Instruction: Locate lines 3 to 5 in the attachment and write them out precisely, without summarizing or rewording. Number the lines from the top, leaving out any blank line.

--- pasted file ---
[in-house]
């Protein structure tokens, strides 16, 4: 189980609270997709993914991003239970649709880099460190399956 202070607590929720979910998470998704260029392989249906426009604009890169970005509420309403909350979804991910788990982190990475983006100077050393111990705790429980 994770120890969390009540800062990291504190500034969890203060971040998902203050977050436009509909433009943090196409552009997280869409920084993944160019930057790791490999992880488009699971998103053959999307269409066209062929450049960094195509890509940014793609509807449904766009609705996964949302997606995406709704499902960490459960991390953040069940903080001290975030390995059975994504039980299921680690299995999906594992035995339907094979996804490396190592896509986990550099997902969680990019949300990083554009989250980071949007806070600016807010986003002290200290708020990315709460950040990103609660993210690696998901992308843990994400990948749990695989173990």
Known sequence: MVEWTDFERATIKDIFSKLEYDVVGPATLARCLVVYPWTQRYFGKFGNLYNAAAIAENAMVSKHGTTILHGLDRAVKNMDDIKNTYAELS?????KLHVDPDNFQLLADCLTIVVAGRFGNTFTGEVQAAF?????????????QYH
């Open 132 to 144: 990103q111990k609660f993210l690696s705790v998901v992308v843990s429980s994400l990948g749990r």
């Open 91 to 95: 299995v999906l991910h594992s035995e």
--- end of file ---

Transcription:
Known sequence: MVEWTDFERATIKDIFSKLEYDVVGPATLARCLVVYPWTQRYFGKFGNLYNAAAIAENAMVSKHGTTILHGLDRAVKNMDDIKNTYAELS?????KLHVDPDNFQLLADCLTIVVAGRFGNTFTGEVQAAF?????????????QYH
């Open 132 to 144: 990103q111990k609660f993210l690696s705790v998901v992308v843990s429980s994400l990948g749990r």
């Open 91 to 95: 299995v999906l991910h594992s035995e």